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Presentation by Human Rights Watch on the worst forms of child labour.

Day 3 of the 6th ICGLR-OECD-UN GoE Forum on responsible mineral supply chains, 15 November 2013.


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  1. 1. 6th ICGLR-OECD-UNGOE Forum on Responsible Mineral Supply Chains, November 2013 The Worst Forms of Child Labor in the Mining Sector Laura Schülke, Human Rights Watch
  2. 2. Introduction • Human Rights Watch: Research and advocacy on human rights: - human rights and mining (large-scale and small-scale) - child labor in various settings, including small-scale gold mining (Mali, Ghana and Tanzania) Children in an artisanal gold mine, Kéniéba cercle, Mali © ILO/IPEC
  3. 3. OECD Due Diligence Guidance for Responsible Supply Chains Annex II, the Model Supply Chain Policy for a Responsible Global Supply Chain of Minerals from Conflict-Affected and High-Risk Areas, states: Regarding serious abuses associated with the extraction, transport or trade of minerals: “While sourcing from, or operating in, conflict-affected and high-risk areas, we will neither tolerate nor by any means profit from, contribute to, assist with or facilitate the commission by any party of: i) any forms of torture […] ii) any forms of forced or compulsory labor […] iii) the worst forms of child labor”
  4. 4. Worst forms of child labor – What does international law say? ILO C182: Worst Forms of Child Labor Convention, 1999 Article 2: “The term child shall apply to all persons under the age of 18” Article 3: “Worst forms of child labor comprises: a) all forms of slavery […] and forced or compulsory labour […]; b) the use, procuring or offering of a child for prostitution […]; d) work which, by its nature or the circumstances in which it is carried out, is likely to harm the health, safety or morals of children.”
  5. 5. ILO Recommendation 190, on C182, 1999 Recommendation concerning the prohibition and immediate action for the elimination of the worst forms of child labour Section II. Hazardous Work: 3. “In determining the types of work referred to under Article 3(d) of the Convention […]consideration should be given, inter alia, to: – (a) work which exposes children to physical, psychological or sexual abuse; – (b) work underground, under water, at dangerous heights or in confined spaces; – (c) work with dangerous machinery, equipment and tools, or which involves the manual handling or transport of heavy loads; – (d) work in an unhealthy environment which may […] expose children to hazardous substances […]; – (e) work under particularly difficult conditions such as work for long hours or during the night or work where the child is unreasonably confined to the premises of the employer.”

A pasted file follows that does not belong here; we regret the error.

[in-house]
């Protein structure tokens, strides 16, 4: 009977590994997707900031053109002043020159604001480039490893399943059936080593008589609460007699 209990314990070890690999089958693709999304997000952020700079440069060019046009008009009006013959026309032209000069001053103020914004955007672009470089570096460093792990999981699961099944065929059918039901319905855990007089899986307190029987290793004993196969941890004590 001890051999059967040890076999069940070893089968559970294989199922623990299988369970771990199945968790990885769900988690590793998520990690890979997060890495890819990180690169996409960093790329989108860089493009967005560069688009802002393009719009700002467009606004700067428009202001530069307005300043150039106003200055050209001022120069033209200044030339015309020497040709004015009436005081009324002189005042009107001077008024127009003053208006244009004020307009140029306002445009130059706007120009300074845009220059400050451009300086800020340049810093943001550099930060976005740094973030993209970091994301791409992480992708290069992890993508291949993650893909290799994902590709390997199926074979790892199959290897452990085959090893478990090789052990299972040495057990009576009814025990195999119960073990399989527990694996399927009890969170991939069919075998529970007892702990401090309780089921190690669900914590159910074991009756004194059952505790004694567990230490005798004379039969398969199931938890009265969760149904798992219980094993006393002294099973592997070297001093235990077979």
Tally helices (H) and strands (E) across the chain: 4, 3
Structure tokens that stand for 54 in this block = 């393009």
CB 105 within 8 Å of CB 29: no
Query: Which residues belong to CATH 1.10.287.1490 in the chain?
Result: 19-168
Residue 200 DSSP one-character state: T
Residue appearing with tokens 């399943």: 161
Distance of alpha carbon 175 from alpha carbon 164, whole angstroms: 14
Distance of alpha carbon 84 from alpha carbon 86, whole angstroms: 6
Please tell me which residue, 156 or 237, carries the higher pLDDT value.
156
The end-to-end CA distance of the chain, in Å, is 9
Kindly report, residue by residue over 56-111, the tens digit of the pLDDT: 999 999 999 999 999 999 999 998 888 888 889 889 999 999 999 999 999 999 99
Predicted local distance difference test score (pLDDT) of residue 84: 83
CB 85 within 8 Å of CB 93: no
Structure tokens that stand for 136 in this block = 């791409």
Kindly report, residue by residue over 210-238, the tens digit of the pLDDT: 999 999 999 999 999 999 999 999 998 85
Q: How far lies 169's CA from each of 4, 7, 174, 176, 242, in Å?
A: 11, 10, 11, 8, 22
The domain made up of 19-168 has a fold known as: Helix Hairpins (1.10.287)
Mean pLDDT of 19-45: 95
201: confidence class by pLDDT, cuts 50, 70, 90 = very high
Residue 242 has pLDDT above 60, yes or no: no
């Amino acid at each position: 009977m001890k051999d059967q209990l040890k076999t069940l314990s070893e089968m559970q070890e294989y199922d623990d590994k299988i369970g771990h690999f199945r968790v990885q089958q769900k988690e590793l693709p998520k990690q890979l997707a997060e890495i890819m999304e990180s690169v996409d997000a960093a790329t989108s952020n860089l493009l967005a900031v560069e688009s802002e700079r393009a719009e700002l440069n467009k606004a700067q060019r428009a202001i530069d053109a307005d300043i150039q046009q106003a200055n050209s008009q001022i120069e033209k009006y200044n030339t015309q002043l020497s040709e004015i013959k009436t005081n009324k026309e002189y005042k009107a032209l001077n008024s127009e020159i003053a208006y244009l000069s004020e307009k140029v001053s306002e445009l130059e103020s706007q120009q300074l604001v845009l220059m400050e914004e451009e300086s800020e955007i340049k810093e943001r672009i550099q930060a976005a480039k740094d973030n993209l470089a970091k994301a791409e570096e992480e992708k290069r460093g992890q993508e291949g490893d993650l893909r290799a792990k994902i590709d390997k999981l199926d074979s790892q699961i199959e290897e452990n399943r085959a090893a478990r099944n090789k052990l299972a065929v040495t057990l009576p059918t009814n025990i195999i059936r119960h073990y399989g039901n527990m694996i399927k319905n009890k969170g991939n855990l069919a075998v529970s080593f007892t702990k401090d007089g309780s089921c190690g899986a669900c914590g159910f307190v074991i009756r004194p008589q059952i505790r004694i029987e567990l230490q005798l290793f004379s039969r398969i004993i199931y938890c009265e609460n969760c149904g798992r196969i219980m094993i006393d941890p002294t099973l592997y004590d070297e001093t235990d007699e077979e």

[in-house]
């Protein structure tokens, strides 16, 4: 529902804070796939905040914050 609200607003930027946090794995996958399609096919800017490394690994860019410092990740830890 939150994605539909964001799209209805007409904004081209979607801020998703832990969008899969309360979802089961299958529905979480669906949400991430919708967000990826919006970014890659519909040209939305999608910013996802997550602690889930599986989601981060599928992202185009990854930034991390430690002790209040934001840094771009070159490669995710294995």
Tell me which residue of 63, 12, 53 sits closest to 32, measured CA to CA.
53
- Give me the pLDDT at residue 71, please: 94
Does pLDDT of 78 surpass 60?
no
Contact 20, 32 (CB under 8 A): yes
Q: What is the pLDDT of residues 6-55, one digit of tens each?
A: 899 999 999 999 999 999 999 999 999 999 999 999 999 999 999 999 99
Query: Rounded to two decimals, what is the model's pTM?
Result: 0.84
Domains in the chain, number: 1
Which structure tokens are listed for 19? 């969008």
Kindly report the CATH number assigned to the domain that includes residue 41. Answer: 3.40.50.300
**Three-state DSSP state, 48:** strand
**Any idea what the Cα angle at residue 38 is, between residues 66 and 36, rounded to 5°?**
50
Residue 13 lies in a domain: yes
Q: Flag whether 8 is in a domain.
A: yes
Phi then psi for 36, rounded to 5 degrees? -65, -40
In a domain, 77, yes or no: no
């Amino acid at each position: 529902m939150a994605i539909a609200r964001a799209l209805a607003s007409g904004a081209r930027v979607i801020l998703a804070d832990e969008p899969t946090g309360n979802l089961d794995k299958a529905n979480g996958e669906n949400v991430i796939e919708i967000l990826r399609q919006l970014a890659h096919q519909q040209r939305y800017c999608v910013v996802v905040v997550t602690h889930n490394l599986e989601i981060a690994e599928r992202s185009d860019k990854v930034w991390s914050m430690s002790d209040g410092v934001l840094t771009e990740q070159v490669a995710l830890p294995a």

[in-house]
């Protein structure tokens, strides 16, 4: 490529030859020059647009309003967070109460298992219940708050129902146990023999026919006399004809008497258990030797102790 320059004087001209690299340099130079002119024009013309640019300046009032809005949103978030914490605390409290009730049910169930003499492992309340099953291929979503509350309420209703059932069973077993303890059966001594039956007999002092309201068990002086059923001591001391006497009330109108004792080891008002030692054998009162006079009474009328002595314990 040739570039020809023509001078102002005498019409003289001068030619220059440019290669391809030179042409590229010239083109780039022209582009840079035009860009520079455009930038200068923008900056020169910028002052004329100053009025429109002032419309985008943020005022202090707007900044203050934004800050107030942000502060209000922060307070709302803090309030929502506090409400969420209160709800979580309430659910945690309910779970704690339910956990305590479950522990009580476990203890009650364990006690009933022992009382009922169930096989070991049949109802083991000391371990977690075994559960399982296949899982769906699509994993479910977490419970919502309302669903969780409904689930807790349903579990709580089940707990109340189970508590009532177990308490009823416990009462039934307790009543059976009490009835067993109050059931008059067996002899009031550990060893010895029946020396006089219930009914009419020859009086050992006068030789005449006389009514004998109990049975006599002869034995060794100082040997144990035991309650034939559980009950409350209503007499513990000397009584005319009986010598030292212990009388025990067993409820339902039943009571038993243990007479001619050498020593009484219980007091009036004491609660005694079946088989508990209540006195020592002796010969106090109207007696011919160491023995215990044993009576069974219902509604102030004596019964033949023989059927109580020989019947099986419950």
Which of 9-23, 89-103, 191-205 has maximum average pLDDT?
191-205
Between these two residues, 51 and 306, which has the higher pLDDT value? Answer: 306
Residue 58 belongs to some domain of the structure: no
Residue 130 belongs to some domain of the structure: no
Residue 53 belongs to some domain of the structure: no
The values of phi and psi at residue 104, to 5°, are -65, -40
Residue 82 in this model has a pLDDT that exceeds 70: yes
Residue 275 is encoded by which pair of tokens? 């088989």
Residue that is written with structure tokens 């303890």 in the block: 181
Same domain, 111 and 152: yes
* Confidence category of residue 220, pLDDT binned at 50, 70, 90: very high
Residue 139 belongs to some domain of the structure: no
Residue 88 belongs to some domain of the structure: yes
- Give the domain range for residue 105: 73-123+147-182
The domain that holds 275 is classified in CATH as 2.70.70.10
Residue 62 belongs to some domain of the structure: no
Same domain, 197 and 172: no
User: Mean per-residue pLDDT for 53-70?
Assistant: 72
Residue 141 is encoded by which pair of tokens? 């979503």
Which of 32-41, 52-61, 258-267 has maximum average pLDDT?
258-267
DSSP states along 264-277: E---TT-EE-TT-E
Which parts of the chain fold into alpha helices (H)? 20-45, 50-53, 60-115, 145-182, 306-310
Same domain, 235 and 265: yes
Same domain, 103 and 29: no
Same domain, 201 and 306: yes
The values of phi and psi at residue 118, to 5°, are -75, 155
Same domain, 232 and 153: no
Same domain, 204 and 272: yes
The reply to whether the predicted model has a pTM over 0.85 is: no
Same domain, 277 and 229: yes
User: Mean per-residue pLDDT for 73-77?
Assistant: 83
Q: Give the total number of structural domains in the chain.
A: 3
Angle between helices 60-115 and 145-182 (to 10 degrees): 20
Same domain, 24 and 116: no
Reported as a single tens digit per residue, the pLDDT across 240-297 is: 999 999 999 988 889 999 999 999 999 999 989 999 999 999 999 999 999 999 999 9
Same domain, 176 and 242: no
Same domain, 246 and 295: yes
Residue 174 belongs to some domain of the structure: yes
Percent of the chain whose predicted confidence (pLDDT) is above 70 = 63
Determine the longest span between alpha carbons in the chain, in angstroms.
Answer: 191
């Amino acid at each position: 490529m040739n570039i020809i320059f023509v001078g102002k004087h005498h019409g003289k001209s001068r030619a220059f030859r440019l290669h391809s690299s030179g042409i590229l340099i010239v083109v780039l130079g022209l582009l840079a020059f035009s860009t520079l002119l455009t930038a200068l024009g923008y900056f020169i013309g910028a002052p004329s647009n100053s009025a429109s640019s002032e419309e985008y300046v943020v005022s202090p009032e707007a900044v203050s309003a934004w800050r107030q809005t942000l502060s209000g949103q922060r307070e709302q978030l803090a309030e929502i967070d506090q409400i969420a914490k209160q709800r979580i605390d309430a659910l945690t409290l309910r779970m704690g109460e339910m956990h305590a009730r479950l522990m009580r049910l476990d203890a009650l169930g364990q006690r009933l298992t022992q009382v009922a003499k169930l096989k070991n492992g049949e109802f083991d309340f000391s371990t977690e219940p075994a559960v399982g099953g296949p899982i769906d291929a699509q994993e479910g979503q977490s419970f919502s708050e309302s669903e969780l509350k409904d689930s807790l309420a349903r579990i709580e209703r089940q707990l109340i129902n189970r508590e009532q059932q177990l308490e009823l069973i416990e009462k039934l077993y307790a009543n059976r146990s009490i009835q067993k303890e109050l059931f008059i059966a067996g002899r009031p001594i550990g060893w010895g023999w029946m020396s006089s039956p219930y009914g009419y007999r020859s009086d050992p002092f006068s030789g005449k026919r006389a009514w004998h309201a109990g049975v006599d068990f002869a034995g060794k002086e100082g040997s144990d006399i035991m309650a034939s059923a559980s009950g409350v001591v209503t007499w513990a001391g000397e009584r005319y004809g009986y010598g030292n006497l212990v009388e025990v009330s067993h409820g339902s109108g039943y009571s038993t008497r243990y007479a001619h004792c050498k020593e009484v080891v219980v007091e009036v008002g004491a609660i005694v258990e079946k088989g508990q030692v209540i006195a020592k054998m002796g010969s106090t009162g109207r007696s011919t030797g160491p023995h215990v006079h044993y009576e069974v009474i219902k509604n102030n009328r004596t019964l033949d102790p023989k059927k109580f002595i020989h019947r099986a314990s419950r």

6. 6. ILO Convention 182, Article 1: “Each Member which ratifies this Convention shall take immediate and effective measures to secure the prohibition and elimination of the worst forms of child labour as a matter of urgency” • 177 States have ratified C182, amongst which: Burundi, the Democratic Republic of the Congo, Kenya, Rwanda, Tanzania, Uganda
  7. 7. HRW findings on child labor in small-scale gold mining (Mali, Ghana and Tanzania) Physical dangers of mining gold • Digging pits manually, up to 70 meters deep • Risk of serious injuries due to tools • Prolonged exposure to dust →risk of lung diseases • Working underground in unstable pits  risk of pit collapse Two 13-year-old boys dig for gold ore at a small-scale mine in Mbeya Region, Tanzania
  8. 8. Two boys crush gold ore on a gold rush site in Shinyanga Region, Tanzania A miner lowers down a deep pit by holding onto a rope in a small-scale mining site in Mbeya Region, Tanzania
  9. 9. • • Carrying heavy loads → skeletal deformation Mixing and burning mercury-gold amalgam → mercury attacks central nervous system, can cause irreversible damage A 13-year-old boy digging and lifting gold ore at a small-scale mining site in Mbeya Region, Tanzania Sexual exploitation • Girls of mining areas frequently victims of sexual exploitation due to high number of single male miners → high risk of sexual violence, HIV and other STDs Harm to education • Children often miss classes and exams; drop out of school
  10. 10. Underlying causes of child labor include: • Extreme poverty affecting vulnerable groups such as orphans Lack of government action to support these vulnerable groups: • Lack of socio-economic support • Laws may exist but may not be implemented properly • No care system for very young children whose families work on mining sites Four-year-old girl in Tanzania plays in an amalgamation pond contaminated with mercury while adults process gold at a gold rush site in Shinyanga region, Tanzania
  11. 11. Selected HRW recommendations on child labor in ASGM To governments: • Improve access to schools, vocational training, and childcare in mining areas • Establish social protection schemes (such as cash transfers) • Regularly inspect mines, impose penalties • Improve care for mining-related health issues (ex: mercury) To gold trading companies, gold refining companies and gold retailers: • Due diligence policies, including on child labor  monitoring; visits to mines • If child labor found urge authorities/suppliers to take action
  12. 12. To large-scale gold mining companies: • Address child labor in small-scale gold mining as part of community engagement strategies To the conveners of this Forum: • Conduct pilot program on child labor due diligence, include ILO as stakeholder • Develop detailed guidance on child labor in the minerals supply chain A 15-year-old boy mixes mercury and ground gold ore at a processing site in Mbeya Region, Tanzania